January 26 - February 1 is National Drug Facts Week.
This week-long observance will bring together teens and scientific experts in community events across the country to discuss scientific facts about drug abuse.
It is sponsored by the National Institute on Drug Abuse (NIDA), a component of the National Institutes of Health.
This week-long observance is designed to counteract the many drug abuse myths that bombard today’s youth, and encourages community-based
question and answer sessions between teens and scientists.
LifeScience Moment: First Birthday Balls to raise funds for the Warm Springs Foundation was held on FDR's birthday."
On January 30, 1934, the First Birthday Balls to raise funds for the Warm Springs Foundation was held on FDR's birthday. When Franklin Roosevelt contracted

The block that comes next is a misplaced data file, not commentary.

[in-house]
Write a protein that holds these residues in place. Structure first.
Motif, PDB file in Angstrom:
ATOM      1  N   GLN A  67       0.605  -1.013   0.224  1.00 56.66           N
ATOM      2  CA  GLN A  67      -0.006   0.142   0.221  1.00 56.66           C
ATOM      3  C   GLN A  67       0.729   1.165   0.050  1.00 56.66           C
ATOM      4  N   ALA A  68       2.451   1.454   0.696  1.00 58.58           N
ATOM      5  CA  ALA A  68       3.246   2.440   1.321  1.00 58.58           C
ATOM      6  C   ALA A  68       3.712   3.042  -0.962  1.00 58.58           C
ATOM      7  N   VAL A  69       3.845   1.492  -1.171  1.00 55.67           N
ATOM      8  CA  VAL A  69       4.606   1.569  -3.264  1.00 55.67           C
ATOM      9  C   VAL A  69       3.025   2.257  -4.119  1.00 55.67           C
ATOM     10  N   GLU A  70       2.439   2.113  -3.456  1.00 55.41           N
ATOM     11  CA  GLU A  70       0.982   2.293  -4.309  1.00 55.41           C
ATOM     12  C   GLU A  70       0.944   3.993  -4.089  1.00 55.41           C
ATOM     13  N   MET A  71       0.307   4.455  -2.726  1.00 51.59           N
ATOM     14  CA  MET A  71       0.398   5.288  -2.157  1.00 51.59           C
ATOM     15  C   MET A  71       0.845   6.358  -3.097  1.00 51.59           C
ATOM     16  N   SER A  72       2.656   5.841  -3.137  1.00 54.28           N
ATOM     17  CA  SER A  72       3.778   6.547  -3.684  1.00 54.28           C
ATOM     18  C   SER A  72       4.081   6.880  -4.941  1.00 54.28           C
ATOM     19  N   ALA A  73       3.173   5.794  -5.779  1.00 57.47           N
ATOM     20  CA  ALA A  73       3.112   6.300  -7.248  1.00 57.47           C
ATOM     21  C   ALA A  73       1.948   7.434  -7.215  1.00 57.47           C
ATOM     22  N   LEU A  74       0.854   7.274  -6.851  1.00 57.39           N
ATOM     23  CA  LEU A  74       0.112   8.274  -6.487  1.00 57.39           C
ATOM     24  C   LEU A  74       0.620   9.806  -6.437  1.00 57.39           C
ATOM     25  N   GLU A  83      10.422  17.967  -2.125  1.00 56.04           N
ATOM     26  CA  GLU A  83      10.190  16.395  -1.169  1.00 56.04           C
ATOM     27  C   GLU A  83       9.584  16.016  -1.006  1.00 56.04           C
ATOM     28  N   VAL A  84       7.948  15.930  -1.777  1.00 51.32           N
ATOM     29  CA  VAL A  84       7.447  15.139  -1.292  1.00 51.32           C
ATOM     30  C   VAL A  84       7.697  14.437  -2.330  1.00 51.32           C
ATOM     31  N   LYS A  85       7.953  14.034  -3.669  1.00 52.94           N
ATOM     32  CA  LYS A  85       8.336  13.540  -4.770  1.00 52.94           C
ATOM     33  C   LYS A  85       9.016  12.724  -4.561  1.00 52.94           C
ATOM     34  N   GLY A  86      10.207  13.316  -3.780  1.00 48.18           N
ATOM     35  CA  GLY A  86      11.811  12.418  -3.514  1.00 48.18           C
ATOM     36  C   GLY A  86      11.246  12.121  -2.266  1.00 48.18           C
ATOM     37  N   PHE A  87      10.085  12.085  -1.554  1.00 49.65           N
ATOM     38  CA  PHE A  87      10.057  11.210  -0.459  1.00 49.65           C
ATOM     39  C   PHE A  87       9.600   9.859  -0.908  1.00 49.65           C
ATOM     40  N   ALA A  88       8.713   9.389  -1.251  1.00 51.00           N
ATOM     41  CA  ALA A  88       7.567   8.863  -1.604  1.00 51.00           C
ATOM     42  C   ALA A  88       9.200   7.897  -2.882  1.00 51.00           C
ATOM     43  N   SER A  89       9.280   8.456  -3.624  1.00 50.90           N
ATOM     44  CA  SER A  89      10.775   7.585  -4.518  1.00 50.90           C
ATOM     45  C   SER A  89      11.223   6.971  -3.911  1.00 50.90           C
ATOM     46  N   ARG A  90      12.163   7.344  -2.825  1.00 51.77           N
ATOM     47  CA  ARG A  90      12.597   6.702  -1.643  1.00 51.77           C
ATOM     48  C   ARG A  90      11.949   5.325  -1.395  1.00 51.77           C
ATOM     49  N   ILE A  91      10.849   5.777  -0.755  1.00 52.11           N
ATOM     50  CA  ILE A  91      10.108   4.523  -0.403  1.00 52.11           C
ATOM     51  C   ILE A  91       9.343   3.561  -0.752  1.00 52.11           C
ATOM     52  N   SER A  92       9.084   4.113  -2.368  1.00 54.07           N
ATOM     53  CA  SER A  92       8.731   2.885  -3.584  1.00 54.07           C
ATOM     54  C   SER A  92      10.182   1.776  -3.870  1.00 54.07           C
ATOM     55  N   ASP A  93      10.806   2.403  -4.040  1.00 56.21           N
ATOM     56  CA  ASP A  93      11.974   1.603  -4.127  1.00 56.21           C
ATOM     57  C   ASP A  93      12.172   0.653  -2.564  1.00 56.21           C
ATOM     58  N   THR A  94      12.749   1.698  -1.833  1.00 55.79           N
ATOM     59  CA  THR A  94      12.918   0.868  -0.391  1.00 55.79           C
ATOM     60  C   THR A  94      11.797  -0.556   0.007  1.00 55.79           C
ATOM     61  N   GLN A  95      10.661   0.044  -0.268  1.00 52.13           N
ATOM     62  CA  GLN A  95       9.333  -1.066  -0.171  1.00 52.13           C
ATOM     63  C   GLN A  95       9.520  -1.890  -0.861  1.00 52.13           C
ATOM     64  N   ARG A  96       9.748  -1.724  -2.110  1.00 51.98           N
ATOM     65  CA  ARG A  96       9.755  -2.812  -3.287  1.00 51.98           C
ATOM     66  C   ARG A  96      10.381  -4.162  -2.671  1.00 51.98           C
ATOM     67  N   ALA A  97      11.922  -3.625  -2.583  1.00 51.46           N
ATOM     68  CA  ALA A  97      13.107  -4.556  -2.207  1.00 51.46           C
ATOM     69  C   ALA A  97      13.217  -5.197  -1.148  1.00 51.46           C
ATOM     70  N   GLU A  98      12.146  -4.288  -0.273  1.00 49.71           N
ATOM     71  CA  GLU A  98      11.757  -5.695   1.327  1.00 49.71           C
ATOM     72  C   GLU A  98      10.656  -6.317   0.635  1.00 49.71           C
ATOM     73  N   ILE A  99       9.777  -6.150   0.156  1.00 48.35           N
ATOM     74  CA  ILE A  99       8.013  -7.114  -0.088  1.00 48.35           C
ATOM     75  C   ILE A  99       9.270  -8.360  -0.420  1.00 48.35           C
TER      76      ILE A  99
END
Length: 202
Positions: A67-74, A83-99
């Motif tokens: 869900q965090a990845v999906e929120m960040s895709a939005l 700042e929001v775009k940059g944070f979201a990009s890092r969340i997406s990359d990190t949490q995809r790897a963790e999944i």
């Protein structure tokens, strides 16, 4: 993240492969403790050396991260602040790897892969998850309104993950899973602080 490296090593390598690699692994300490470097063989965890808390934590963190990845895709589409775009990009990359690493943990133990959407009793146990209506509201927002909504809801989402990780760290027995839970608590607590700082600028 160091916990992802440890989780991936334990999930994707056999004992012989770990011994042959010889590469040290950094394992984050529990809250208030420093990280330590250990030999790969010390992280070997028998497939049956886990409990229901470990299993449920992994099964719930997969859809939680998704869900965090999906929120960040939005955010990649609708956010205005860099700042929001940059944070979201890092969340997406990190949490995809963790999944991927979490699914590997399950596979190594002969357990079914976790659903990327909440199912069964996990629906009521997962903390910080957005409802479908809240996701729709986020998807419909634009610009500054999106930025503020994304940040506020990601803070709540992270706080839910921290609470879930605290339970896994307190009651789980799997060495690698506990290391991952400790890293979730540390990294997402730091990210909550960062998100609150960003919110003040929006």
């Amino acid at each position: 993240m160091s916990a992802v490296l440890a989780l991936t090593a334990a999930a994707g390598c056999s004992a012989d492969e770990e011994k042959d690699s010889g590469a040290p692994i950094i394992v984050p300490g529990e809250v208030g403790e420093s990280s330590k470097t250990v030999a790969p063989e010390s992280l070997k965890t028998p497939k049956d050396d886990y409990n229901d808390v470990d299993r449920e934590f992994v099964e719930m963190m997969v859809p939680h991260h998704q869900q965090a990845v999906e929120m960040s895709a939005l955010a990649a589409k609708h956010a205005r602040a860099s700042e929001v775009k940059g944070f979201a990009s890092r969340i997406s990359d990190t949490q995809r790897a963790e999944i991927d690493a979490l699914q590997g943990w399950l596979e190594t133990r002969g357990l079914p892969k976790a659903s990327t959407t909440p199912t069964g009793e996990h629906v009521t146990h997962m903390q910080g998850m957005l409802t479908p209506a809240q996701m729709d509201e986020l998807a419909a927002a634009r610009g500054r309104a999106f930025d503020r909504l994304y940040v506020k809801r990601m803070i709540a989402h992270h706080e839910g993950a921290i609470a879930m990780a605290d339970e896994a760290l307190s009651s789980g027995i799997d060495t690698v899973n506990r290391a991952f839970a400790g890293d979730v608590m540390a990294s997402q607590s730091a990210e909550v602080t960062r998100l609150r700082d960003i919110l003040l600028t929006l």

polio in 1921, at age thirty-nine, it inspired his interest in medical philanthropy. When he heard about the therapeutic value of the thermal mineral baths at
Warm Springs, Georgia, Roosevelt went there and ended up buying the site and creating a foundation in 1927. He persuaded his friend and New York City law partner
Basil O’Connor to run it.
After Roosevelt became president in 1933, O’Connor co-coordinated Birthday Balls that took place on Roosevelt’s birthday each January
and raised money for the care of polio patients. These were so successful that in 1938 they were merged into a nationwide organization,
the National Foundation for Infantile Paralysis, later renamed the March of Dimes.
It's a Small World
" "... the scientist would maintain that knowledge in of itself is wholly good, and that there should be and are methods of dealing with misuses of knowledge by the ruffian or the bully other than by suppressing the knowledge.""
Percy Williams Bridgman, U. S. physicist, (Nobel Prize, 1946)